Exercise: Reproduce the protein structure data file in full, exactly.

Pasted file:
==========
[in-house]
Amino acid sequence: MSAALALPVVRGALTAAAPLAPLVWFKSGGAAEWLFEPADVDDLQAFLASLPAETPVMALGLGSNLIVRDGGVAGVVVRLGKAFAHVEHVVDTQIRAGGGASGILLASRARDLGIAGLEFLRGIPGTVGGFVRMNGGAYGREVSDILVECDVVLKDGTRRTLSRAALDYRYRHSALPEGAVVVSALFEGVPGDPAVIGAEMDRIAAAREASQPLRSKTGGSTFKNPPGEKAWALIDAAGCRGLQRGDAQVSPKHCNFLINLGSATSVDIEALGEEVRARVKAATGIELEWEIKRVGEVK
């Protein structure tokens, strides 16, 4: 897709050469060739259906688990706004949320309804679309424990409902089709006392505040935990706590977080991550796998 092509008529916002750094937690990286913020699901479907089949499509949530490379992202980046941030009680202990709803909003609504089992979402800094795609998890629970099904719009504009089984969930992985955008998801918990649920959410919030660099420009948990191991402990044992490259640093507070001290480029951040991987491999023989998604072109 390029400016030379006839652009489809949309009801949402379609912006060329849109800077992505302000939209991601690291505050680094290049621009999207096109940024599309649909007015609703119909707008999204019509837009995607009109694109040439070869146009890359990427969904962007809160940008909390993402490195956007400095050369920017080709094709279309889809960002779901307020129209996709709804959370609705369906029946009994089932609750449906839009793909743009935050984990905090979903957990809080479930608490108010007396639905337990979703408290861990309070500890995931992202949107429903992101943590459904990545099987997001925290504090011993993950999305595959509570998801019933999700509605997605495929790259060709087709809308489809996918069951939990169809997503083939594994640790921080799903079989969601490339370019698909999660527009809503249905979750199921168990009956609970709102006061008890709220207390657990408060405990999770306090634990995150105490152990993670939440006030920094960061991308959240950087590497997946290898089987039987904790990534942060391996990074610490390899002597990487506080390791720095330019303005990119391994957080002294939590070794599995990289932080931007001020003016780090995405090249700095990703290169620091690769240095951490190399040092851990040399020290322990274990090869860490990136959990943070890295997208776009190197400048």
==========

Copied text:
[in-house]
Amino acid sequence: MSAALALPVVRGALTAAAPLAPLVWFKSGGAAEWLFEPADVDDLQAFLASLPAETPVMALGLGSNLIVRDGGVAGVVVRLGKAFAHVEHVVDTQIRAGGGASGILLASRARDLGIAGLEFLRGIPGTVGGFVRMNGGAYGREVSDILVECDVVLKDGTRRTLSRAALDYRYRHSALPEGAVVVSALFEGVPGDPAVIGAEMDRIAAAREASQPLRSKTGGSTFKNPPGEKAWALIDAAGCRGLQRGDAQVSPKHCNFLINLGSATSVDIEALGEEVRARVKAATGIELEWEIKRVGEVK
């Protein structure tokens, strides 16, 4: 897709050469060739259906688990706004949320309804679309424990409902089709006392505040935990706590977080991550796998 092509008529916002750094937690990286913020699901479907089949499509949530490379992202980046941030009680202990709803909003609504089992979402800094795609998890629970099904719009504009089984969930992985955008998801918990649920959410919030660099420009948990191991402990044992490259640093507070001290480029951040991987491999023989998604072109 390029400016030379006839652009489809949309009801949402379609912006060329849109800077992505302000939209991601690291505050680094290049621009999207096109940024599309649909007015609703119909707008999204019509837009995607009109694109040439070869146009890359990427969904962007809160940008909390993402490195956007400095050369920017080709094709279309889809960002779901307020129209996709709804959370609705369906029946009994089932609750449906839009793909743009935050984990905090979903957990809080479930608490108010007396639905337990979703408290861990309070500890995931992202949107429903992101943590459904990545099987997001925290504090011993993950999305595959509570998801019933999700509605997605495929790259060709087709809308489809996918069951939990169809997503083939594994640790921080799903079989969601490339370019698909999660527009809503249905979750199921168990009956609970709102006061008890709220207390657990408060405990999770306090634990995150105490152990993670939440006030920094960061991308959240950087590497997946290898089987039987904790990534942060391996990074610490390899002597990487506080390791720095330019303005990119391994957080002294939590070794599995990289932080931007001020003016780090995405090249700095990703290169620091690769240095951490190399040092851990040399020290322990274990090869860490990136959990943070890295997208776009190197400048």